Grand Plan for the EU

 

WEEKLY COMMENT 2-07-2015

By Barry Edwards

Grand Plan for the EU

 

The result of the referendum in Greece on Sunday is the decision that will affect the future of the EU in ways we cannot predict at the moment. With that in mind, the EU needs to concentrate on what it would like to achieve over the next few years whatever the outcome of the vote. The comment this week is about suggesting a grand plan for the EU that could be implemented and maybe help to decide how to resolve the Greek crisis.

The purpose of the grand plan is intended to address the misconceptions and hardship of many people who find it difficult to appreciate what the politicians are trying to do who seem to struggle to get that message across to the people especially in the southern half of the union.

The plan involves schemes and practises that are already in place within the EU which are coordinated in a simple format to allow everyone to become involved in achieving the original intention that most people believed was convincing. The grand plan has four main strategies which could be adopted by the leaders of the EU and instigated in a short time frame.

  1. Currently the European Central Bank (ECB) is purchasing government stock from all member countries of the EU at the rate of €60 billion a month under the quantitative easing scheme with a limit of €1200 billion which can be increased if deemed necessary. It is proposed that this is expanded to achieve the purpose of reducing the level of government debt to Gross Domestic Product (GDP) for all member countries to 80% (not all countries are above this level). This would involve extra purchases of about €500 billion over the course of the current programme. The stock purchased is then converted to long-term debt with today’s low interest rates and held by the ECB until sufficient surplus budget funds are generated by members to repurchase it during the period of the loan. It is normal practice for the ECB to reimburse the interest paid to the relevant country.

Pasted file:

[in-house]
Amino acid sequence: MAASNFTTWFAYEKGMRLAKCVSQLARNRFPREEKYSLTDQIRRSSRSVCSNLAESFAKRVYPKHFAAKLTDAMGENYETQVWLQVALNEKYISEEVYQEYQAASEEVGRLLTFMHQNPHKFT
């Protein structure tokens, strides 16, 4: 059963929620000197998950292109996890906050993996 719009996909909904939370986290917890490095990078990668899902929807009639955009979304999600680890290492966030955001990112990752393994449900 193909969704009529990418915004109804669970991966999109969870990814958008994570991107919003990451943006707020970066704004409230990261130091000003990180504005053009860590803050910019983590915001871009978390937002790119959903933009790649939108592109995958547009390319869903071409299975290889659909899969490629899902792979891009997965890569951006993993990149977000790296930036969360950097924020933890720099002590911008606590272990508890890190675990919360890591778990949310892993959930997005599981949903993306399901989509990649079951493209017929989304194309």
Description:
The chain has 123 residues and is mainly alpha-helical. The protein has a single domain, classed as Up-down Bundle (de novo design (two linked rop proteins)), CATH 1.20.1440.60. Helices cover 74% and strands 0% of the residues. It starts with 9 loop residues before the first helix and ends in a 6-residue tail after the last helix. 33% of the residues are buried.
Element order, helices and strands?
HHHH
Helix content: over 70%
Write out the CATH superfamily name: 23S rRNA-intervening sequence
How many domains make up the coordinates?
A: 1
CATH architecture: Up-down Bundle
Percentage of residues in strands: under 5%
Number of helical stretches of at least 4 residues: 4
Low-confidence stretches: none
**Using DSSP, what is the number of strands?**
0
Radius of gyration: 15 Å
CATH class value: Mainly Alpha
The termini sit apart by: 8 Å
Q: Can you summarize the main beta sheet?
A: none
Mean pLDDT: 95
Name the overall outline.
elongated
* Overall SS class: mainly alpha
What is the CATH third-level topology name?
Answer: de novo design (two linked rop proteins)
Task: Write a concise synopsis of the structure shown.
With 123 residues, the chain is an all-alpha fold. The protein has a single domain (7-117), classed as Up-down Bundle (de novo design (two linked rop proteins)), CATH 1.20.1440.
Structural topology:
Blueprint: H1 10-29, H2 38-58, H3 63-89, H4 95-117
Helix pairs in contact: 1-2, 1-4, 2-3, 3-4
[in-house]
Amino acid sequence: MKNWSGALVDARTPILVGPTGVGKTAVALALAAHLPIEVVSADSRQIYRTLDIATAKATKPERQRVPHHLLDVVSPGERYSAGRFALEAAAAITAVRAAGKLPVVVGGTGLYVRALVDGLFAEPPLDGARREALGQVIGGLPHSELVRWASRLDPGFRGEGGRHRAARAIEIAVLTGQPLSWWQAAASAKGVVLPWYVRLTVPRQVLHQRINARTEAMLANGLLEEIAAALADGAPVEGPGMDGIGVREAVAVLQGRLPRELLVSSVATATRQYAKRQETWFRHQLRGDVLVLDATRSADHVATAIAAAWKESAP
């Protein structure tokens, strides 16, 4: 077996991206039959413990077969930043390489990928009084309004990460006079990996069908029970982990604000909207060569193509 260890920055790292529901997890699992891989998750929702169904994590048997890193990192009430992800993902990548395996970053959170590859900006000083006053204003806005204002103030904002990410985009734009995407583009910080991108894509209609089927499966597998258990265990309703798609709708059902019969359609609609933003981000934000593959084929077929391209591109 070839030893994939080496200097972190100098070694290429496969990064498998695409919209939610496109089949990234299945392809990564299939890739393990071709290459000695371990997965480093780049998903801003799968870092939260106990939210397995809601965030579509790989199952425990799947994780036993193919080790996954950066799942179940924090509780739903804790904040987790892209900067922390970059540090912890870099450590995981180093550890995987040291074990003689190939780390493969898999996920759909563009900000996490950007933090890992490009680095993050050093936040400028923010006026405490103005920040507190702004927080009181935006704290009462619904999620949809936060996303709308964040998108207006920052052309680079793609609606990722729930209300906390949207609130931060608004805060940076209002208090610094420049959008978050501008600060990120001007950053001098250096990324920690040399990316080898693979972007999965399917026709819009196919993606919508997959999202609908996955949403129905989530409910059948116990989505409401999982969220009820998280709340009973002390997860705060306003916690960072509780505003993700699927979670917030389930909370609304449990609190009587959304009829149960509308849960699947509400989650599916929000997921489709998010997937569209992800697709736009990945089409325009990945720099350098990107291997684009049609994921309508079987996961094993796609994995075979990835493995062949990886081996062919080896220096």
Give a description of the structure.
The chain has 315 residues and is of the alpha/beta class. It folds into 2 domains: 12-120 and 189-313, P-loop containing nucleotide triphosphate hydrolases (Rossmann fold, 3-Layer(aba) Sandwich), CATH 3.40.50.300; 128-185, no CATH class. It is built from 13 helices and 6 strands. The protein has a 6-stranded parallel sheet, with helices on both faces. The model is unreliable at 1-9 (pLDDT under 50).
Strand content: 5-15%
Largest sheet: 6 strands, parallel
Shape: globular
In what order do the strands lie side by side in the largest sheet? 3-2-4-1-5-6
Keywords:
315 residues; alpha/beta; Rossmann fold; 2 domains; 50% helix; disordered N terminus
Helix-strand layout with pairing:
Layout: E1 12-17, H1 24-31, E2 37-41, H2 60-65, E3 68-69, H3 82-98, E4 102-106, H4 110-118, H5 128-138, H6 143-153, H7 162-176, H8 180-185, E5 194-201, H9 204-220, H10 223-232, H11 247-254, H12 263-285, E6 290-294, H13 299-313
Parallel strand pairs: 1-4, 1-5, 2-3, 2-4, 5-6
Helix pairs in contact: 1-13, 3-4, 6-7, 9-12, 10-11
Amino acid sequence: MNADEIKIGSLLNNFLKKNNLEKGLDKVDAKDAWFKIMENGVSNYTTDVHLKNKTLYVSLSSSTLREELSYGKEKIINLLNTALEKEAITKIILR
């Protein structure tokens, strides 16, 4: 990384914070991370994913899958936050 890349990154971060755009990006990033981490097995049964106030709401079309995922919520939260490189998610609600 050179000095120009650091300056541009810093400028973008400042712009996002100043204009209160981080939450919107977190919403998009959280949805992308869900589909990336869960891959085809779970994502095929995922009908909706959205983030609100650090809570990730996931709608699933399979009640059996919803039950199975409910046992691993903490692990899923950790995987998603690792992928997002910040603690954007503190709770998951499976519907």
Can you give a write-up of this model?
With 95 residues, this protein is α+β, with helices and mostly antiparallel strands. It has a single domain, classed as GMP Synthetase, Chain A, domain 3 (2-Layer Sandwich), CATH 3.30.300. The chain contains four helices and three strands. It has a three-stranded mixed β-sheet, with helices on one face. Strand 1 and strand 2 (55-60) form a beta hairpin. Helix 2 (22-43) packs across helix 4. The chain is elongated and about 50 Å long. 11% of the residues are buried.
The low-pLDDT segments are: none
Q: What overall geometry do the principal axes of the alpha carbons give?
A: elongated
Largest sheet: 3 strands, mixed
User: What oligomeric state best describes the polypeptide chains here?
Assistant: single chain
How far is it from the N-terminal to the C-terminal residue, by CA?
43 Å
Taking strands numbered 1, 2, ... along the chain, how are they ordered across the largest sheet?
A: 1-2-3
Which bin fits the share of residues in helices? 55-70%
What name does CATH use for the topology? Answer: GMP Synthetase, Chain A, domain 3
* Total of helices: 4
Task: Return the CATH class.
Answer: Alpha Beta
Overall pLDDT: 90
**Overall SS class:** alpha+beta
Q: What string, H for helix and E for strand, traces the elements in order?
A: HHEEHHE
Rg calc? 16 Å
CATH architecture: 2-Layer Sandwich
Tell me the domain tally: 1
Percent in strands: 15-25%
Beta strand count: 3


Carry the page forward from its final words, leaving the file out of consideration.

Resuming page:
2. The European Parliament has just endorsed the new plan proposed by Jean-Claude Juncker to provide infrastructure funding for the EU which has been set up by the European Investment Bank (EIB). It is proposed that this scheme under the heading of European fund for strategic investment (EFSI) is expanded substantially and the government stock held by the ECB is used as collateral to support the bank lending that will initially provide the finance for the projects. It is also proposed that commercial projects are included especially for smaller companies that cannot access the capital markets for finance. The EIB indemnifies the ECB against any claims against the collateral. The ECB has a securities lending programme in place to provide support to the efficient operation of the securities markets. This could be adapted to provide the collateral provision proposed. The ECB would charge an annual rate for lending the bonds; it currently charges a weekly rate of 0.04% for this service when it is used. For the long-term commitment it is suggested that a rate of 2% is charged. The normal securities lending would continue to function normally.